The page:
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JAVA Developer's Guide

Chapter 40 -- Java Platforms and Extensions

Chapter 40

Java Platforms and Extensions


CONTENTS


This chapter takes a look at some of the emerging technologies in the Java world. The primary purpose of the chapter is to give you more insight into what is out there and how to find out more. After you have finished this chapter, you will have a greater awareness of developments in the Java world.

Java-Enabled Browsers

In the current Web browser arena there are a number of different Java-enabled choices. Although some may provide more features than others, this chapter covers only the browser's Java capability. Use this information only as a reference, and contact your vendor for any specific questions.

HotJava

HotJava is a Web browser coded in Java by Sun. It uses a modular approach to handling different MIME types and application protocols. HotJava is currently available on Windows 95, Windows NT, Macintosh Powerpc, and UNIX platforms.

For more information, contact http://java.sun.com/HotJava/index.html.

Netscape Navigator

Netscape currently has the largest market share of browsers in use. Conservative estimates show Netscape holding 70% of the market. Netscape's products are currently offered on a number of different platforms.

Netscape Navigator initially began incorporating Java as a browser plug-in. It is now an integral part of the browser that is shipped with release 2.0 and later. Netscape also adopted the JavaScript language into releases later than 2.0.

For more information, contact http://www.netscape.com.

Oracle PowerBrowser

The Oracle PowerBrowser provides a number of features such as an integrated Web server, authoring tools, and Java applet support. It also contains a few features that provide database access support. The current platforms supported are Windows, Windows 95, and Windows NT. PowerBrowser also contains its own scripting language, Oracle BASIC.

For more information, contact http://www.oracle.com.

Borland's Latte

The need for an Integrated Development Environment (IDE) will become apparent as the Java technology grows. Borland's first attempt at a native Java IDE is Latte.

Latte has begun to be integrated into the Borland C++ compiler utilities, very much like Symantec Espresso. The final product will be completely independent from Borland C++.

For more information, contact http://www.borland.com/Product/java/qanda.html#latte.

Visual Design

Latte provides the capability to visually represent the Java class hierarchy. Presumably, Latte will eventually provide a Java resource builder.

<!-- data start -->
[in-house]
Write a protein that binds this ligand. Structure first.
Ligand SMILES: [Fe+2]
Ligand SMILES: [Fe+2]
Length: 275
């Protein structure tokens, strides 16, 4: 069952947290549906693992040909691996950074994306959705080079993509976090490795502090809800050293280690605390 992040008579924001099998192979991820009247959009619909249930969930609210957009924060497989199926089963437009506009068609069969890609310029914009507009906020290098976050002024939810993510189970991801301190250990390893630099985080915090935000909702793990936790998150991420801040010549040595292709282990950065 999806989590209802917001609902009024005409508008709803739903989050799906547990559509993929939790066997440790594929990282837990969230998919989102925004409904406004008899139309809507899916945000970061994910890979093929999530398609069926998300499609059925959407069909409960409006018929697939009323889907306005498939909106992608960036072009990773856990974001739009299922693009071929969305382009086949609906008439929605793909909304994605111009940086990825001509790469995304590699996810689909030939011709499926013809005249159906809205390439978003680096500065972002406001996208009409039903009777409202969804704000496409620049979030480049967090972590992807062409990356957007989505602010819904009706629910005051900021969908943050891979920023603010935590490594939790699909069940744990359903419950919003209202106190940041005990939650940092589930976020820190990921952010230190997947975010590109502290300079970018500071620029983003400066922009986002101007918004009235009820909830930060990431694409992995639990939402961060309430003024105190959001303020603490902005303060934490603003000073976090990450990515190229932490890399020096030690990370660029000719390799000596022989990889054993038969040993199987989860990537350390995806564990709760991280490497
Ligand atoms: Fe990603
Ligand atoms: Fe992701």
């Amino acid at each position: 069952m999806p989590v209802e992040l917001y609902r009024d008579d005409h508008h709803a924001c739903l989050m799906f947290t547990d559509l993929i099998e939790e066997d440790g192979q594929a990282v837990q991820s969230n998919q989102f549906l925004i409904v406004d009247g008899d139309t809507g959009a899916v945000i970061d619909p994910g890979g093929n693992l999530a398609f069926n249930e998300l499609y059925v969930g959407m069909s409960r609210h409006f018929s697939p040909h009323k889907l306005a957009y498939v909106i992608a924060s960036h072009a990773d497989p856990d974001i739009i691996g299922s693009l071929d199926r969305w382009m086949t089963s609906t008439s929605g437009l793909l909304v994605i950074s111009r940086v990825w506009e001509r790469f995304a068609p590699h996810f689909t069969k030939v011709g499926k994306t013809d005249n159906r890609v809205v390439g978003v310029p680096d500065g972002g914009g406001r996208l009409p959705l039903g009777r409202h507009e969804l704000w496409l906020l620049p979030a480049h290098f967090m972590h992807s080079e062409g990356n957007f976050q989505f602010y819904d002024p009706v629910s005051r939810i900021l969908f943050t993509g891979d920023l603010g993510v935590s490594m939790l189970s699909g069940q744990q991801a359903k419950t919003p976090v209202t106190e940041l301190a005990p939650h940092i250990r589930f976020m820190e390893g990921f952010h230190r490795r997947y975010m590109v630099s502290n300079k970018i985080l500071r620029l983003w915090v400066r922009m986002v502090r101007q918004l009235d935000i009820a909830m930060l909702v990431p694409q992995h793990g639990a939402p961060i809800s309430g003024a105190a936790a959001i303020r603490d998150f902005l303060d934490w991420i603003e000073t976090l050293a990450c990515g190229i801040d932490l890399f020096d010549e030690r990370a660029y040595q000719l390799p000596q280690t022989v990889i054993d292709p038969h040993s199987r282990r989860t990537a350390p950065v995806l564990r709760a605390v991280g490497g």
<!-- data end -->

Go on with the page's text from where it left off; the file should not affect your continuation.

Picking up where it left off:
The Integrated Development Environment

The Integrated Development Environment provides the developer with ready access to an editor, a compiler, a debugger, and more. Latte will provide an IDE for Java development.

Performance Improvements

Latte's compiler claims to be faster and cleaner than Sun's javac compiler. That fact still remains to be proven. However, judging by the speed of the javac compiler, any performance increase would be greatly appreciated.

Symantec's Café

Symantec's version of the Java IDE began by integrating with the preexisting Symantec C++ IDE, called Symantec Espresso. Eventually, the product became completely disjointed from the C++ library and changed its name to Café.

Café claimed to do everything that Latte promised; however, Symantec delivered on its promises faster than Borland. As a result, Café hit the market before Latte, delivering a native Java code IDE and compiler that is a bit faster than javac.

For more information, contact http://www.symantec.com.

Database Extensions

Probably the most powerful Java database solution is Sun's JDBC (Java database connectivity). The JDBC is based on the X/Open SQL call-level interface (CLI), which is the same model used to design ODBC.

Via a class interface, Java applications can access database information through a SQL interface. By using an ODBC-type mechanism, the programmer will not have to worry about database-specific issues. Several companies have endorsed the JDBC.

For more information, contact http://splash.javasoft.com/jdbc.

VRML Extensions with Iced Java/Liquid Reality

VRML stands for Virtual Reality Modeling Language. VRML was designed as a standard to create 3D worlds. A VRML file contains all the object information needed to create a virtual world. In order for an application to display the virtual world defined in a VRML file, the application needs two components: a three-dimensional modeling engine and a VRML interpreter.

Three-Dimensional Modeling

One of the commercially available 3D modeling engine libraries for Java is called Iced Java. Iced Java, by Dimension X, provides Java with the capability to display and render 3D objects. Iced Java utilizes a native code engine to perform the actual 3D modeling and rendering, and an interface is provided to allow Java access to the engine.

Iced Java and Liquid Reality

As mentioned before, VRML is a language designed to create a virtual world. To facilitate the display of the VRML defined world, a 3D display engine must be teamed with a VRML interpreter. This is exactly what Dimension X did to create its Liquid Reality product. Iced Java is driven by Liquid Reality to generate the VRML-defined world.

For more information, contact http://www.dimensionx.com.

Summary

The Java products identified in this chapter represent only a small sample of the products that have been introduced at the time this book is being written. New platforms and extensions to Java will continue to be developed. For more information on Java and Java-related products, consult the author's Web page at http://www.jaworski.com/java.